Apple’s Purchase of Emotient Fuels AI Boom in Silicon Valley

The arms race in Silicon Valley is on for artificial intelligence. Facebook is working on a virtual personal assistant that can read people's faces and decide whether or not to let them in your home.

Google is investing in the technology to power self-driving cars, identify people on its photo service and build a better messaging app.

Now Apple is adding to its artificial intelligence arsenal. The iPhone maker purchased Emotient, a San Diego maker of facial expression recognition software that can detect emotions to assist advertisers, retailers, doctors and many other professions.

Apple confirmed the purchase this month, but did not give details of the deal. Emotient could not be reached for comment.

The purchase comes during fevered interest in artificial intelligence, or A.I., which relies on algorithms powered by troves of data to bridge the gap between computers and natural human thinking.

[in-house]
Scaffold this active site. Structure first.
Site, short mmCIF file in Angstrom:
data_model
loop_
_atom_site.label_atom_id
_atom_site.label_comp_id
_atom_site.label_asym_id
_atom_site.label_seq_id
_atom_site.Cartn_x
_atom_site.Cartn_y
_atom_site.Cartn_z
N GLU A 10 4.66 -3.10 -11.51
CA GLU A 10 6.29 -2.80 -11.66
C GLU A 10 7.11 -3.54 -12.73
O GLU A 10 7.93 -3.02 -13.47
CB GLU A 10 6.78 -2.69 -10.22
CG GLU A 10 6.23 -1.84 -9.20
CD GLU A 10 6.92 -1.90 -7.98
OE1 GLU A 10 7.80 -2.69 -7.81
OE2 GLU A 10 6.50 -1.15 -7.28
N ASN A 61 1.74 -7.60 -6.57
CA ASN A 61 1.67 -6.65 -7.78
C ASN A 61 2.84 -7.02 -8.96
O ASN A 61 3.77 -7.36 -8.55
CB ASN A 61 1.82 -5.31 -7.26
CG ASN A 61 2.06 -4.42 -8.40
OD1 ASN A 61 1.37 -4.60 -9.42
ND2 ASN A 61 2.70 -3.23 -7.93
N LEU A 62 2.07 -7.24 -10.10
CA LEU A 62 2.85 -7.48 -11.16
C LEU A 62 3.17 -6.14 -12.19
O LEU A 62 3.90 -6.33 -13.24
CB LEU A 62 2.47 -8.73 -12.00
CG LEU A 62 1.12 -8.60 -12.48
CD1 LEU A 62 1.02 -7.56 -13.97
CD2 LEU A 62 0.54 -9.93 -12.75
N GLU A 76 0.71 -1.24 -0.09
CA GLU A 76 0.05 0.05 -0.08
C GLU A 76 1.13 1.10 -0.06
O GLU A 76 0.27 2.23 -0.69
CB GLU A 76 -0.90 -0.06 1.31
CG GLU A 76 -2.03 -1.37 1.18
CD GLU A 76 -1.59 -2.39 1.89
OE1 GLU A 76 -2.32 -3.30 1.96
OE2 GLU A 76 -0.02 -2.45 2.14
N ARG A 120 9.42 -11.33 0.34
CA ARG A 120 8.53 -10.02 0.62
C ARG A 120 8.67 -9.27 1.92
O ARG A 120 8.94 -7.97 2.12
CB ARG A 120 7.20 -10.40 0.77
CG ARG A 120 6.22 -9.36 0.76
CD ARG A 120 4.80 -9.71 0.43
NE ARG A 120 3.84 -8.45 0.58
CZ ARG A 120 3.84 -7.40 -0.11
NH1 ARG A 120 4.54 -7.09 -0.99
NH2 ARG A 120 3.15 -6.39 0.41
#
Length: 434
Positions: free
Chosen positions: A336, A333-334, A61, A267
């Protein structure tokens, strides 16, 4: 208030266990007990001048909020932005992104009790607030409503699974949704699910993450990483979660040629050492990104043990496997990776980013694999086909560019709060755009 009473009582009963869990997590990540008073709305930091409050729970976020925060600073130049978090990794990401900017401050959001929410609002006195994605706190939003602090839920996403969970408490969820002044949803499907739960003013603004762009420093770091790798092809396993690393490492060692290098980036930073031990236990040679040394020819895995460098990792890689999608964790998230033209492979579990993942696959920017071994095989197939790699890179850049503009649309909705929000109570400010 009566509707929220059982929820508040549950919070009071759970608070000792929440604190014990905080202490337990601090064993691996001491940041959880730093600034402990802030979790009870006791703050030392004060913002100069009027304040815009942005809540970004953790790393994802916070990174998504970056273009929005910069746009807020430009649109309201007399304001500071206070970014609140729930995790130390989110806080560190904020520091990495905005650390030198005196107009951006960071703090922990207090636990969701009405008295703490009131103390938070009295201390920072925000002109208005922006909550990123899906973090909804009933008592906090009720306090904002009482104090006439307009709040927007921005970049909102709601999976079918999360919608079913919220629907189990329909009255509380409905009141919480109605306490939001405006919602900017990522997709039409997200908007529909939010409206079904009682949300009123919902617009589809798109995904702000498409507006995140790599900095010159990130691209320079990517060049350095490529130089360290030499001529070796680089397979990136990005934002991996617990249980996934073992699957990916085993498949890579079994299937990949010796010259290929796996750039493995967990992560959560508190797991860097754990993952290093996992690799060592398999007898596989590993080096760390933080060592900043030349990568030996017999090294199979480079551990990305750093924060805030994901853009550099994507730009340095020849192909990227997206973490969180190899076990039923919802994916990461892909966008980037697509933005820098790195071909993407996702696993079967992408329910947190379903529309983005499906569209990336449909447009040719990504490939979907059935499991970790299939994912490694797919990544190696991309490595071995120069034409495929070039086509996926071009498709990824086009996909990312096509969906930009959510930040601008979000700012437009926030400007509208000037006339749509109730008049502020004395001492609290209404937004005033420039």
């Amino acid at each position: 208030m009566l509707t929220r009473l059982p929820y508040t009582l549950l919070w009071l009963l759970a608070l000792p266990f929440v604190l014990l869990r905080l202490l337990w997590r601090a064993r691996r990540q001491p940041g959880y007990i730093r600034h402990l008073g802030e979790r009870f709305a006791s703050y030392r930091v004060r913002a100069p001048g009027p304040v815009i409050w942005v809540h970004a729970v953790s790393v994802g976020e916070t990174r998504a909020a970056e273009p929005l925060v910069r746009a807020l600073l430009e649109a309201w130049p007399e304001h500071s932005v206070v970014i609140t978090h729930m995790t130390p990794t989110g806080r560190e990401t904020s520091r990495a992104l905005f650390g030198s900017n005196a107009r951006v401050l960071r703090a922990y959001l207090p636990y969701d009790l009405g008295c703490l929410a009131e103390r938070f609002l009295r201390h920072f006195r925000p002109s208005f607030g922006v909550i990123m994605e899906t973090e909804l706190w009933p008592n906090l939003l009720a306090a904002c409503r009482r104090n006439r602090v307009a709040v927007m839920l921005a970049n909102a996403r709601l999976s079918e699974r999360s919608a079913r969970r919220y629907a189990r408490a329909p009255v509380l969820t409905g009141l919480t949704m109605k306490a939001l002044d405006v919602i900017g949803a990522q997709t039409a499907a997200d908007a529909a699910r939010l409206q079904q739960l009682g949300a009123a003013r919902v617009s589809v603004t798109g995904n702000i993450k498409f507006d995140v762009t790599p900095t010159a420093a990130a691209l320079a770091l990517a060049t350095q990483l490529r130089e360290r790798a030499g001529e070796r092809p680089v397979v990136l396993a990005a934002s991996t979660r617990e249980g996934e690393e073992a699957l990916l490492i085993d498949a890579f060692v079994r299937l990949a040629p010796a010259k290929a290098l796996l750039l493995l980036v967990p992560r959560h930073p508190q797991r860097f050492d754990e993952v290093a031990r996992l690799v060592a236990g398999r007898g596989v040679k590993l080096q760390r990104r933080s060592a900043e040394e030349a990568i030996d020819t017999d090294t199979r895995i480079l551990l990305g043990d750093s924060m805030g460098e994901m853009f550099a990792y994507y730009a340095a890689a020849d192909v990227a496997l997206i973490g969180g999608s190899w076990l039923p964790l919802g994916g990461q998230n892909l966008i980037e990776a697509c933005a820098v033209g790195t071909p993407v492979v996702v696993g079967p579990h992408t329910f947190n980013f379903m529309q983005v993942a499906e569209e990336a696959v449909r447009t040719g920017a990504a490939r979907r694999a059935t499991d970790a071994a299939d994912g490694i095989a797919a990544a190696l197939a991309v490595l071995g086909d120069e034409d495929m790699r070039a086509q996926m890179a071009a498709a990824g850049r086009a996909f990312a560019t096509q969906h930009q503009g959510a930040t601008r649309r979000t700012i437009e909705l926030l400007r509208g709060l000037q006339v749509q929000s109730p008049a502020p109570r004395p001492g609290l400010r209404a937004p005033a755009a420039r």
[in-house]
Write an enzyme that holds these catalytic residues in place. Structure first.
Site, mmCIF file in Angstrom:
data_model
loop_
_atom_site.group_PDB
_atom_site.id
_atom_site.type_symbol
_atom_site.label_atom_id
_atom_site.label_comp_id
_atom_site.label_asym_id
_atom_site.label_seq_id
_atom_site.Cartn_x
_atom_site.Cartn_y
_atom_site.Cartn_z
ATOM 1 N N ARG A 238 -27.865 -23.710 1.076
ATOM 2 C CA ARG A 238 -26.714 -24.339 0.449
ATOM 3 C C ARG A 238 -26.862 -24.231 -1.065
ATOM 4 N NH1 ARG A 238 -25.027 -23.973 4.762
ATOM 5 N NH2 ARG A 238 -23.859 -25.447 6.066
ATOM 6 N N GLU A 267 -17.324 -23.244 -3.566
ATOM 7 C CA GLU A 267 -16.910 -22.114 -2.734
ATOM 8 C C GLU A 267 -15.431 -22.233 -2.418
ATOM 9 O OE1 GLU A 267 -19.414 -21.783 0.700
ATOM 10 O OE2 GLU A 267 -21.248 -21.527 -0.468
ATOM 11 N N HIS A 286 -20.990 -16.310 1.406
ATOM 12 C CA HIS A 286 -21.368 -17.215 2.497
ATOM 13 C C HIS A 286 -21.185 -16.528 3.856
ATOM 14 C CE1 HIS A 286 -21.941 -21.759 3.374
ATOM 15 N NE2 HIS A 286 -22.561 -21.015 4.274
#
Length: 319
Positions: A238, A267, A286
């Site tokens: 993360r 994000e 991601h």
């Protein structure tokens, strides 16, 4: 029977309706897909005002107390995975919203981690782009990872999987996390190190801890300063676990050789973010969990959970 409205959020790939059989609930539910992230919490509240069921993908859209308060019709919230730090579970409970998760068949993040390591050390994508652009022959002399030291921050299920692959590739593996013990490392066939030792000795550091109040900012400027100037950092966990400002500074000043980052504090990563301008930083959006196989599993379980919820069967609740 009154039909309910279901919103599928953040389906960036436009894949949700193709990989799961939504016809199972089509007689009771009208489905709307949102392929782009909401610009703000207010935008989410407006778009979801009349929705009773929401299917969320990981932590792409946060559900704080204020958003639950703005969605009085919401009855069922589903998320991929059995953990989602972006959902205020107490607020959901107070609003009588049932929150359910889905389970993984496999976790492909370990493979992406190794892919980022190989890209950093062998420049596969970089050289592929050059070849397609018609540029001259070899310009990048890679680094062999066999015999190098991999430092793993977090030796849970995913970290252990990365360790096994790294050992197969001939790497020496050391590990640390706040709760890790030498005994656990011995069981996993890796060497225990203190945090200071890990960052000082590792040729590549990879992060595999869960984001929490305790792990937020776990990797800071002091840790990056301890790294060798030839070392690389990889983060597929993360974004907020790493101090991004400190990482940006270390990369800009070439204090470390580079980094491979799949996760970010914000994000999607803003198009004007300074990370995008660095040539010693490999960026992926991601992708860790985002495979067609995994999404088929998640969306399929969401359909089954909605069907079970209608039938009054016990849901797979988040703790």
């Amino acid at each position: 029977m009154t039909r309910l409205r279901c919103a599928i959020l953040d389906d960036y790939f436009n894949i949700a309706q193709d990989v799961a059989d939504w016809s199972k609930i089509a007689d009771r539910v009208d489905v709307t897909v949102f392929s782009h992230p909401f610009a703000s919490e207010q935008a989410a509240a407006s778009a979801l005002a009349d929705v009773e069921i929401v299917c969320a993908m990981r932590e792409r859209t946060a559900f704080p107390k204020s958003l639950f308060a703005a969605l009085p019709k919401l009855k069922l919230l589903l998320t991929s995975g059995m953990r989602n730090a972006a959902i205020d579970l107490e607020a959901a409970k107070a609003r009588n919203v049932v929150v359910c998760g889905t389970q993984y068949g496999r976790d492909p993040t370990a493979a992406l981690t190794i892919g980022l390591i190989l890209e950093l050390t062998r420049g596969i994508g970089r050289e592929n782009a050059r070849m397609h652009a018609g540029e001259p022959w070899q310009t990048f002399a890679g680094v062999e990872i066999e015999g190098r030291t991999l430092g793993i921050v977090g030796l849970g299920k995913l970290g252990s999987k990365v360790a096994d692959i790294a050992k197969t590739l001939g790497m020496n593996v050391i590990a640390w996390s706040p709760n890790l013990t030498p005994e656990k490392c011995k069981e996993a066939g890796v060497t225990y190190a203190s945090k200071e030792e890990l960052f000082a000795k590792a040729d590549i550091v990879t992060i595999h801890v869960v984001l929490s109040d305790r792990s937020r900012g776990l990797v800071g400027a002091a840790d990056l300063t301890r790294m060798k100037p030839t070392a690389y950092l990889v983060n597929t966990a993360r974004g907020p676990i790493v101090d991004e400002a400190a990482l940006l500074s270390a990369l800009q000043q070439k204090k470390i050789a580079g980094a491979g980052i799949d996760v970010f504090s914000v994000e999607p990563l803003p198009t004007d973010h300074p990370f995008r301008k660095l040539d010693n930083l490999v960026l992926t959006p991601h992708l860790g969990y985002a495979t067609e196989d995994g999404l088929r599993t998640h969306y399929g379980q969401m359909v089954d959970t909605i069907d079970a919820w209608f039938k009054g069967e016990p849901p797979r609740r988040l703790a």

Image recognition technology similar to Emotient's is helping law enforcement identify terrorists. It's allowing banks to authenticate customers. And it's telling marketers which TV shows are worth advertising with.

The technology is set to take off now that the nation's biggest tech giants are involved, and in some cases giving away their software free to encourage developers to help innovate the programs.

"This technology just gets smarter and smarter," said Dan Kara, research director for robotics at ABI Research. "There's been a massive amount of change. If you look at the funding in A.I. as recently as 2010, it wasn't nearly what it is today."

Facebook founder and Chief Executive Mark Zuckerberg said this month that he was attempting to build an A.I. system to control his home. Google, Microsoft, Amazon and entrepreneur Elon Musk have all recently made high-profile forays into research and development of A.I.

Apple already has Siri, a digital assistant that responds to users' spoken questions. And it has also purchased...

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